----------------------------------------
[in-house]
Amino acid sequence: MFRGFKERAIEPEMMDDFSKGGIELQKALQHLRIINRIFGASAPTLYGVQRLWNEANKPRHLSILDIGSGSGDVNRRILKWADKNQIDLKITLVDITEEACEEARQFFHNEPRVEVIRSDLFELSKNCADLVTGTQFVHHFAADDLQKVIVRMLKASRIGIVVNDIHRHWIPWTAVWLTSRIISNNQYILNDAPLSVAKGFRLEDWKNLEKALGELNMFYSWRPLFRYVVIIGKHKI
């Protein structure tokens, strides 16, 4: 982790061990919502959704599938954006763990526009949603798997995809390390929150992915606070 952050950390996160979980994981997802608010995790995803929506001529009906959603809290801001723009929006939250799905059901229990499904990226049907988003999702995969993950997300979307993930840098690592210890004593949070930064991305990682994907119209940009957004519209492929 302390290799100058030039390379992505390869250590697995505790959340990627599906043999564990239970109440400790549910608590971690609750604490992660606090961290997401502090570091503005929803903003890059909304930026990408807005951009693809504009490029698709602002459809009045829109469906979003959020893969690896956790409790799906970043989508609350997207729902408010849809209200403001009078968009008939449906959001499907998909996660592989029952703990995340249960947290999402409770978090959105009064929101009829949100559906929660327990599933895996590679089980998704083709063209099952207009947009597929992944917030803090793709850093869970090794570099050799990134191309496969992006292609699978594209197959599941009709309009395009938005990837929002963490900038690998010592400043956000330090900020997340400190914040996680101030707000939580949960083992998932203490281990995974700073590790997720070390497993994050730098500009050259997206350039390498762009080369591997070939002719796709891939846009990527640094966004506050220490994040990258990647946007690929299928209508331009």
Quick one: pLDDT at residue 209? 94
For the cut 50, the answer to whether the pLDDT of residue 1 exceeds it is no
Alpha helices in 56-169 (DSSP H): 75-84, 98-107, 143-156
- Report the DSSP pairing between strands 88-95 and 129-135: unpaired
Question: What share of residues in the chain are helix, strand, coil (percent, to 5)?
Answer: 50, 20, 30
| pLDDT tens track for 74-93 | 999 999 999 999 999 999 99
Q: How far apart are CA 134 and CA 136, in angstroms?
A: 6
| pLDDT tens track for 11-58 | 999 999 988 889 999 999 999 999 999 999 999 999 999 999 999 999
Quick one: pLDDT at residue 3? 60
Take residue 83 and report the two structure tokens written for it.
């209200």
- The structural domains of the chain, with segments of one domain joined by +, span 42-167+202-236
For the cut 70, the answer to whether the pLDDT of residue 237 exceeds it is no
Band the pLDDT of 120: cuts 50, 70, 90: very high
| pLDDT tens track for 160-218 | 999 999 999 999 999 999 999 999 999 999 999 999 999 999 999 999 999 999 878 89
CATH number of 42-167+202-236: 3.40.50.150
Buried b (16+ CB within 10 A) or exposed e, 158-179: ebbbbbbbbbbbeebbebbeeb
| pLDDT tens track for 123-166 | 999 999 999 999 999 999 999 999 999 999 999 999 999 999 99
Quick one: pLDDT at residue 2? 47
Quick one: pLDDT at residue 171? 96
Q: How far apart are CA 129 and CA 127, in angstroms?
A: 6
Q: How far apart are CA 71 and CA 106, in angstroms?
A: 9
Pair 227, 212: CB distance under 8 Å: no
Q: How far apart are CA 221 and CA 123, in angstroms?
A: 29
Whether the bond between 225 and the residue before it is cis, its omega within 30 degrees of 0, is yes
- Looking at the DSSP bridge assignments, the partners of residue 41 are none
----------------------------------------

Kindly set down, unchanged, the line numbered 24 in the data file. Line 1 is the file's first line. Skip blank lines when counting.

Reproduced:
Quick one: pLDDT at residue 2? 47